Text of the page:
Race Two

Long post. Get a coffee.

Here’s a link to a short video (no sound). It’s 8MB, so don’t download if you’re on dial-up. You need QuickTime to play the clip. Click here to get QuickTime.

It had been overcast all day, but as the last group went out for race one, it started to rain. These karts run on slick tyres. In the dry the tyres give a lot of grip, but in the wet they’re hopeless.

Group B (mine) was waiting between the pit lane and the track while Group A went out for their second race. Cars were sliding all over the place. I wanted to make up some places in this race, but I don’t consider myself good in the wet – or at least I didn’t before the second race.

It was slippery. Brake too hard and you spin, accelerate too hard and you spin. Turn the wheels into the corner, and nothing happens, you just understeer (push) straight on.

Heading into a corner in a road car under braking, if your front wheels start to skid (assuming you don’t have ABS), you cadence brake. In a kart this has no effect; since the brakes are on the rear wheels only, cadence braking doesn’t increase grip at the front.

To overcome loss of grip on the front (steering) wheels you put the car in oversteer; accelerate so the rear wheels step out to try to overtake the front, spinning the car slightly. Catch the spin at the right point and the car is pointing into the corner.

It’s an odd feeling going into a corner, turning the wheel to no effect, heading towards the barrier, and then giving it some gas to get the back end to slide.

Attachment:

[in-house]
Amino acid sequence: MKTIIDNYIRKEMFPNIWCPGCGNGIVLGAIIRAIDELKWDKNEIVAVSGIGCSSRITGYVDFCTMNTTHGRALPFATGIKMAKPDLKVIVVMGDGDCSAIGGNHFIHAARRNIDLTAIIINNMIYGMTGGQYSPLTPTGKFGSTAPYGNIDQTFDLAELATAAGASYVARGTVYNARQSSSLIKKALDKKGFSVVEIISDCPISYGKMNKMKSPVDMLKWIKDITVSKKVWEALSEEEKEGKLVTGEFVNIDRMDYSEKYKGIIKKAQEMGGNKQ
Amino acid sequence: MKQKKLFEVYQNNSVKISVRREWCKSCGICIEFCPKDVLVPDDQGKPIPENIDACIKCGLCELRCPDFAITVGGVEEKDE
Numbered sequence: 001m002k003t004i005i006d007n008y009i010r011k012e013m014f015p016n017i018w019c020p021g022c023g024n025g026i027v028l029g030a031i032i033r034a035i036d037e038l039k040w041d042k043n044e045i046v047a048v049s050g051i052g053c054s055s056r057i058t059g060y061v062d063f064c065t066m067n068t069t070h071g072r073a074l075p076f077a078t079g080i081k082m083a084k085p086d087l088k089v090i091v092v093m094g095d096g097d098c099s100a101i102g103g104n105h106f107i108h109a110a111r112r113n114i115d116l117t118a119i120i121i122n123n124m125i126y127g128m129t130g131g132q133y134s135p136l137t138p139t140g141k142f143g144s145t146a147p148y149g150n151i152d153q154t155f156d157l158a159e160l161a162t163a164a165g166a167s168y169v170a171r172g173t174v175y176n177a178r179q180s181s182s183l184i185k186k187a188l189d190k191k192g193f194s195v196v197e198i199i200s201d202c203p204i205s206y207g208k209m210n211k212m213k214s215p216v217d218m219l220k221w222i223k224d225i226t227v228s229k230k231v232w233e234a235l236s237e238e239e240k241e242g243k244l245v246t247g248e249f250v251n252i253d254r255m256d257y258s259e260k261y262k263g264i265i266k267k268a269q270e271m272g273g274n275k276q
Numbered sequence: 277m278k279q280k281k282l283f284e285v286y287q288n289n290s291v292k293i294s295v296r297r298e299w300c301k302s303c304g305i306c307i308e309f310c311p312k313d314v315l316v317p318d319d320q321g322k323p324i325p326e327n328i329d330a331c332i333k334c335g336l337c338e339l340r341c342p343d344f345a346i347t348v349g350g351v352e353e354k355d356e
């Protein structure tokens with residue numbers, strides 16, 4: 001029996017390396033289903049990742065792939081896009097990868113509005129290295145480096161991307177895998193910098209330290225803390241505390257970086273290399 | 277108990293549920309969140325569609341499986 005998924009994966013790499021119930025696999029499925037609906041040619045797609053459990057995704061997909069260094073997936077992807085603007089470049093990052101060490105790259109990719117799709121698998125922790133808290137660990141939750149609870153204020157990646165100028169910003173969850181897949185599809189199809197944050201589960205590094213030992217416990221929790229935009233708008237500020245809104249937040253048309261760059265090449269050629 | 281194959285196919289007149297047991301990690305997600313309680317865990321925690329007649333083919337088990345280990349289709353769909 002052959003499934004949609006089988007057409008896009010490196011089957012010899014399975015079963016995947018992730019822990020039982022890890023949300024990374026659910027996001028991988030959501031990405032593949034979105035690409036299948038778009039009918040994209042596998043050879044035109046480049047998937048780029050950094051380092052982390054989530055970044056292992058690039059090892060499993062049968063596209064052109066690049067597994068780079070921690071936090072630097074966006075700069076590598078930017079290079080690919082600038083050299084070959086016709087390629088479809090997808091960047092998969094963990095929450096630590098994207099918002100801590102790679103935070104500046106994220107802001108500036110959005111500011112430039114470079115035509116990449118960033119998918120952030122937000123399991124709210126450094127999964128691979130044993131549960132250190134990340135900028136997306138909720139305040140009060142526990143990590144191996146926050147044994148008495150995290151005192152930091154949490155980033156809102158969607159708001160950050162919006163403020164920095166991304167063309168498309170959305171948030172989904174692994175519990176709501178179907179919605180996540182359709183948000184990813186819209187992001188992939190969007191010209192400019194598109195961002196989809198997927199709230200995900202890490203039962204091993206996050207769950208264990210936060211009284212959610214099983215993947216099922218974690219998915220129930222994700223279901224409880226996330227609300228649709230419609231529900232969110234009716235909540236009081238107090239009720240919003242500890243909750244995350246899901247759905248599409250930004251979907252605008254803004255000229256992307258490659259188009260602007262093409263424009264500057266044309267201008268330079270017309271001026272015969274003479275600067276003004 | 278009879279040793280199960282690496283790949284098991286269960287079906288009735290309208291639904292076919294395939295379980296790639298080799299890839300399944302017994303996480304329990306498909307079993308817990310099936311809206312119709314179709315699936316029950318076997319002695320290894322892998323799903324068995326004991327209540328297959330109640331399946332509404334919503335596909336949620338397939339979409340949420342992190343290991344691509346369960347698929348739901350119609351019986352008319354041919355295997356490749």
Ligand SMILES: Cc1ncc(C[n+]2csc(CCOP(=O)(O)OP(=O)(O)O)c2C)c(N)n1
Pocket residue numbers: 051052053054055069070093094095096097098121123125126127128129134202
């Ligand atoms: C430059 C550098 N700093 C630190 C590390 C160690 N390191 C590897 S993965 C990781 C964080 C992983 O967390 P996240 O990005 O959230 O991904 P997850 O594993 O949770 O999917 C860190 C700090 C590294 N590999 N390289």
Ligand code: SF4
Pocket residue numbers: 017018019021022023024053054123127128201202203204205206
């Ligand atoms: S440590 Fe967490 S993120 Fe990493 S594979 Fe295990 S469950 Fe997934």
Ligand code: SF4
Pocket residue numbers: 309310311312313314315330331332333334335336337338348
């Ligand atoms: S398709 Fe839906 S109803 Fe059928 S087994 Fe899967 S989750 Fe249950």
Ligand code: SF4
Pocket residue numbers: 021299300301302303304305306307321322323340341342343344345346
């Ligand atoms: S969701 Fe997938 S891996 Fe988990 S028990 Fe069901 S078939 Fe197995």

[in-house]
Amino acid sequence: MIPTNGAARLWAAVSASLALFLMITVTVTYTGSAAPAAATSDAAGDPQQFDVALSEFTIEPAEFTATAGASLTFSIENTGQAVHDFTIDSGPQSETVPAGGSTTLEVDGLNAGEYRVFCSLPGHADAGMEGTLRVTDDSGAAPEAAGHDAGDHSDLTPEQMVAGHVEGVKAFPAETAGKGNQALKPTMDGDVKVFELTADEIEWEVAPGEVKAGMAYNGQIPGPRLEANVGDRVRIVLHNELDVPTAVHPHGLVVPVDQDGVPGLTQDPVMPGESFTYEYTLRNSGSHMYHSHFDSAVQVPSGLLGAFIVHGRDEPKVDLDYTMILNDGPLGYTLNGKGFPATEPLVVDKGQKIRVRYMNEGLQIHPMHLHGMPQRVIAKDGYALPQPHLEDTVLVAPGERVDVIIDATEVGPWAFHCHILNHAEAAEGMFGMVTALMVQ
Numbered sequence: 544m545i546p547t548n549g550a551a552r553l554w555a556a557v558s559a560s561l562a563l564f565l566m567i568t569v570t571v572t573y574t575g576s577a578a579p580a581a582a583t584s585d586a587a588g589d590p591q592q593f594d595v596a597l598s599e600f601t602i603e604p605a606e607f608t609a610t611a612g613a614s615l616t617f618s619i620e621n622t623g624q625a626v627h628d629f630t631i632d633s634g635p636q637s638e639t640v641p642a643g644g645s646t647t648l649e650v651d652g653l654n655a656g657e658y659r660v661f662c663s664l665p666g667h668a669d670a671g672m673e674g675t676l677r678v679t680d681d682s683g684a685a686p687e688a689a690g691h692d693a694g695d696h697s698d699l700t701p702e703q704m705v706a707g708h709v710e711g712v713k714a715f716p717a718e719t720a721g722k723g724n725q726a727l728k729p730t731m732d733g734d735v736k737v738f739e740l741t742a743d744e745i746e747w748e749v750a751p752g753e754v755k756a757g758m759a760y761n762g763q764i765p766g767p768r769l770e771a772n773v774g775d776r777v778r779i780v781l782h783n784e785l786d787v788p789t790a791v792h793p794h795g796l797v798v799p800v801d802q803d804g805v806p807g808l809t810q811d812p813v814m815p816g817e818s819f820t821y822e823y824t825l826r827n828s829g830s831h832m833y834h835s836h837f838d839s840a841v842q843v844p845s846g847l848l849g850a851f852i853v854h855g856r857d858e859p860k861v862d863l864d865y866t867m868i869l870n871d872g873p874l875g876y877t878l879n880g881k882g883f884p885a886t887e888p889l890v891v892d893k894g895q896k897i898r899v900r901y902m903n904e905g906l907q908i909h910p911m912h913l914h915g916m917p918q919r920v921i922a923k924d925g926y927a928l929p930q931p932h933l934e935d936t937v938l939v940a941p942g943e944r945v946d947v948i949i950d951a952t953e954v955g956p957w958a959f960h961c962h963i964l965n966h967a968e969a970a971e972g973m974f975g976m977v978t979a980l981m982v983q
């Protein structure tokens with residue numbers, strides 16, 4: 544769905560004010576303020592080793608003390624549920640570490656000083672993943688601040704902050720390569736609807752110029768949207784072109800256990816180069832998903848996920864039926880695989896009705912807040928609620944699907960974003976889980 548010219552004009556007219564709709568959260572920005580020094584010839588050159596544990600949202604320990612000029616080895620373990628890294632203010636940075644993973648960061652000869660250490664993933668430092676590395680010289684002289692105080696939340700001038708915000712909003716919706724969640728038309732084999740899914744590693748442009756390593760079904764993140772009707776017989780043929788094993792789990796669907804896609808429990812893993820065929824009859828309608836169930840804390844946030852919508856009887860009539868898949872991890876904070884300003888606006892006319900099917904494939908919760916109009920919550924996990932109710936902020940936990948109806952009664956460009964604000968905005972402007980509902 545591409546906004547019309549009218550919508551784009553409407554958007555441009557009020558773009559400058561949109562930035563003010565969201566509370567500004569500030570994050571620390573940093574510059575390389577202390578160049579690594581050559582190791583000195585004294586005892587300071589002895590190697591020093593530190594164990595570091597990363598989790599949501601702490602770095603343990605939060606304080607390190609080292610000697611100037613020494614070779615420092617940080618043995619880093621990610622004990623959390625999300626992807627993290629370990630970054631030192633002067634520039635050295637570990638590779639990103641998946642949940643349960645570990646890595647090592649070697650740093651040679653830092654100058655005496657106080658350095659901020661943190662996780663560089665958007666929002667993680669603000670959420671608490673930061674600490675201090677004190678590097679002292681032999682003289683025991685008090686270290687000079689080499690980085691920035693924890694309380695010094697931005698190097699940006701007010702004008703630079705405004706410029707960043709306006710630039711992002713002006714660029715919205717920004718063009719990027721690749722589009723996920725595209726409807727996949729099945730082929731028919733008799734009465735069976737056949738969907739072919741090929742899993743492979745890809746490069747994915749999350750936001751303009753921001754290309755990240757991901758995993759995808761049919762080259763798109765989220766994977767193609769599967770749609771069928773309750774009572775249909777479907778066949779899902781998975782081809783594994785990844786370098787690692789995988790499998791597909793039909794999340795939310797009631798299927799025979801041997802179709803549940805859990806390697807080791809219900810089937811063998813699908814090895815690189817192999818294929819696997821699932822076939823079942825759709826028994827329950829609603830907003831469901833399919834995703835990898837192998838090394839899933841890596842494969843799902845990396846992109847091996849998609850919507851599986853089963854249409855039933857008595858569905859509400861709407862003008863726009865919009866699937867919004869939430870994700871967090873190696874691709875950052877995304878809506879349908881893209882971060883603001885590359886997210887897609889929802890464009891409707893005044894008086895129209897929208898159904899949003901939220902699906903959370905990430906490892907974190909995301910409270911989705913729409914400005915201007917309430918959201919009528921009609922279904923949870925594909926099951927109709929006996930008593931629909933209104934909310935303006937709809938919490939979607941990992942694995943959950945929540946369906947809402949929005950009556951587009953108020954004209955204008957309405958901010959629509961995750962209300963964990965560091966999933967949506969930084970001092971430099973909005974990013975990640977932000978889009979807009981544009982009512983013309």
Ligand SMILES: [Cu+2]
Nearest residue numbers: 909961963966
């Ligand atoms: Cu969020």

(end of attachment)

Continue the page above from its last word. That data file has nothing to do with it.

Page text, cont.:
This is where I made some progress. Cars were spinning or just plain skidding off. Car control is paramount in the wet. Using your brakes or accelerator as on-off switches won’t work; you need smooth application of both.

I took advantage of out-of-control cars. I was also just out-driving some of the drivers who were in control. It was quite rewarding.

That’s not to say I didn’t lose control myself. I had a 3/4 spin on turn 3. I had to let at least four cars through before I could recover. Despite that, I knew I had done well over the (approximately) nine-lap race.

As the chequered flag fell, we filed into the pits in order. All I had to do was count the cars ahead of me to see my position. Again, some of those cars could have been lapped by the leaders but not me so would have been behind me, but there was no way to tell for sure. Counting the cars I was 13th or higher. Starting from 20th, I had gained at least seven places.

Regardless of the position, I had had a very enjoyable race. I had passed at least 11 cars (seven places plus four that had passed me when I spun).

There would be a long wait before knowing which drivers would go through to Round Four, but I knew I would go home satisfied with my performance in that second, wet race.

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